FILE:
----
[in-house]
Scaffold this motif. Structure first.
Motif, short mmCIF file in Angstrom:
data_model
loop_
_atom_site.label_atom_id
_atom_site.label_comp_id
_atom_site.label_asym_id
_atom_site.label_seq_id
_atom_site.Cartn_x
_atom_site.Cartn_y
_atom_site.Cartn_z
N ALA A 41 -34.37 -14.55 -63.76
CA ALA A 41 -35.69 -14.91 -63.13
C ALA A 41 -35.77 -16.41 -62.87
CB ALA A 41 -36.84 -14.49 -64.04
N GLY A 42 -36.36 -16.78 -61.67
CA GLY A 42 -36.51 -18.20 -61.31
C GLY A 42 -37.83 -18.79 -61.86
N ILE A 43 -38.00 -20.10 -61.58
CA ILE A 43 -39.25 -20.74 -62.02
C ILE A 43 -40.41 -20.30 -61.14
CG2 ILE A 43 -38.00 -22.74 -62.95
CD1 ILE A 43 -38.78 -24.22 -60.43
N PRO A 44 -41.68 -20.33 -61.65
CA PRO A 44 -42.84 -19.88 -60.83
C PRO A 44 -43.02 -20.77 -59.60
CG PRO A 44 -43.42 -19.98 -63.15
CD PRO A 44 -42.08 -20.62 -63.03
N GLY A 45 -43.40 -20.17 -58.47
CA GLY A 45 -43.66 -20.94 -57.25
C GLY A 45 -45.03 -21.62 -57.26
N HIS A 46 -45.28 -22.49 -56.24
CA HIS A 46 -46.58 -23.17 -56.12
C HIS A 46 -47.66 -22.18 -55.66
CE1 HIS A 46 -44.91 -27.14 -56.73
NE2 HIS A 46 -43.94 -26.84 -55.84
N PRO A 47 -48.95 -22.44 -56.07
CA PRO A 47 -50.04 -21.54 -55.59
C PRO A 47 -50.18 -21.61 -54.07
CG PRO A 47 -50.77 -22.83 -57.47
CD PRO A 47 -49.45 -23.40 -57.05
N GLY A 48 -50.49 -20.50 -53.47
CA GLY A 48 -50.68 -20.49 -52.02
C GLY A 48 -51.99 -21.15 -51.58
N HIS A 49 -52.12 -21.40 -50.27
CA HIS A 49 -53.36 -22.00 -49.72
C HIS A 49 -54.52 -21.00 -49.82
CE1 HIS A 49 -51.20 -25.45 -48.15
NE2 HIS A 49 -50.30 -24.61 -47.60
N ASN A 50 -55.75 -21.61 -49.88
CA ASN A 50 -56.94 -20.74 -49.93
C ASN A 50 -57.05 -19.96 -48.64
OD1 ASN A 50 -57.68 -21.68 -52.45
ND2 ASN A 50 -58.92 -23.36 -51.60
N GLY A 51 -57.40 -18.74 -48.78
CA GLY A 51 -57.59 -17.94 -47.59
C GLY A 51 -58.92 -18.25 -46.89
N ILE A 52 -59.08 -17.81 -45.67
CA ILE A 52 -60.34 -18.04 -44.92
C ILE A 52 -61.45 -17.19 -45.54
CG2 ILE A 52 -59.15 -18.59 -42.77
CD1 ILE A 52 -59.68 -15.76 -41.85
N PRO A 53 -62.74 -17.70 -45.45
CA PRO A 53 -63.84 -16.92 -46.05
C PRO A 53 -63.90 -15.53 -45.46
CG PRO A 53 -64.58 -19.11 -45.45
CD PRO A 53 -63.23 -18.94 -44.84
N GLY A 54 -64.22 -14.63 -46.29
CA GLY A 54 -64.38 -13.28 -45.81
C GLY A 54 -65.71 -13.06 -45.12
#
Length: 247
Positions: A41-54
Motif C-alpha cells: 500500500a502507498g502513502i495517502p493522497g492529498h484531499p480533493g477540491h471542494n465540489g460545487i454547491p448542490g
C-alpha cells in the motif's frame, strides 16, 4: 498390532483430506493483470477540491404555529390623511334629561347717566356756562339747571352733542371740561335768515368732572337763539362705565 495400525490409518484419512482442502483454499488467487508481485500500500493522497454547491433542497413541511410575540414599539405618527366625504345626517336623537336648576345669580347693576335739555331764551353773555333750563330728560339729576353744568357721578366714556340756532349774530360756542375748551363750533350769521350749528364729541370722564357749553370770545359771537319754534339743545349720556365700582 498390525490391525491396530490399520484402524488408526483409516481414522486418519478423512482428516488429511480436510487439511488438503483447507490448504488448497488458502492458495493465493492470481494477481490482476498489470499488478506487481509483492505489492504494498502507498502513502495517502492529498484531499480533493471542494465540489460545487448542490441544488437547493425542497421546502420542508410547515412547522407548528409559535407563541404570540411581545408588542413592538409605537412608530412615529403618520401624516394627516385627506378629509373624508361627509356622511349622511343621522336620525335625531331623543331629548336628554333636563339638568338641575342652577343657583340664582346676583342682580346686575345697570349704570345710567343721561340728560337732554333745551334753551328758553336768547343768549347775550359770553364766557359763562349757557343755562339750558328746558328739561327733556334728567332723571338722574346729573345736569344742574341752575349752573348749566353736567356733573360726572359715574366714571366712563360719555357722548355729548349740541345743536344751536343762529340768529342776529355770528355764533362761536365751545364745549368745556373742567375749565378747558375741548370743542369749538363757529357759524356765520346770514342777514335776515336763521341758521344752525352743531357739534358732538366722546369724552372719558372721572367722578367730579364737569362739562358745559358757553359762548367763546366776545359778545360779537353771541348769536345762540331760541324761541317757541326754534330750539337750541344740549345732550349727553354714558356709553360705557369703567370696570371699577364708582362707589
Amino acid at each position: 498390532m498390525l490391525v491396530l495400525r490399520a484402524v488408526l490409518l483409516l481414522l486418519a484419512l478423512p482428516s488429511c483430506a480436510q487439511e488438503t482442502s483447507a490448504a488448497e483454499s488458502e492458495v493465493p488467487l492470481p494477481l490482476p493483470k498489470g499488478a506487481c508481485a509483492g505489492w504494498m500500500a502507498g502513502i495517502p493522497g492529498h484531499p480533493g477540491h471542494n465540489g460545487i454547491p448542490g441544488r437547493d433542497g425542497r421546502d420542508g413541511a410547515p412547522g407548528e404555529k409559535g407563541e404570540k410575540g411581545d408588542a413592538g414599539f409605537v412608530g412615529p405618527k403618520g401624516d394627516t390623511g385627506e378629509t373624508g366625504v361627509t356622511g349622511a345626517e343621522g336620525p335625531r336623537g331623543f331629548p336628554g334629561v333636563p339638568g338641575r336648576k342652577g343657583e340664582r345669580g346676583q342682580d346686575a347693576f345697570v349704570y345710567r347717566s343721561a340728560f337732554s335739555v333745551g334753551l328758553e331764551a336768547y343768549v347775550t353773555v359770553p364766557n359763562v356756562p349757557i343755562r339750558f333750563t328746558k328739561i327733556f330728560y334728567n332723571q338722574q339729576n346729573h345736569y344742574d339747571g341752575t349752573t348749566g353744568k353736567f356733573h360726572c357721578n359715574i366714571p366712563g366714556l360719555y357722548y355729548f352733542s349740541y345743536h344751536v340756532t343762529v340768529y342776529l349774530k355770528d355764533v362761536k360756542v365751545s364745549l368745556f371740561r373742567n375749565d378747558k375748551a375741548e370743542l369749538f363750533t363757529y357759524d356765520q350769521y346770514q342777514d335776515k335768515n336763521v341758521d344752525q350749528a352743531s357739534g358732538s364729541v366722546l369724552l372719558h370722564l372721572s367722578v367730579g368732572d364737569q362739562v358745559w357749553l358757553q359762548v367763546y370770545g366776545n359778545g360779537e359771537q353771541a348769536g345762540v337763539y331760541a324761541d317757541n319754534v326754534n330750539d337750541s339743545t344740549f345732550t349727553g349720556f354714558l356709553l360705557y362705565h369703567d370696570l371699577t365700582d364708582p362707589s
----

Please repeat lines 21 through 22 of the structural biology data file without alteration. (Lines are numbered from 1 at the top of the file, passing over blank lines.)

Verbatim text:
CA ILE A 43 -39.25 -20.74 -62.02
C ILE A 43 -40.41 -20.30 -61.14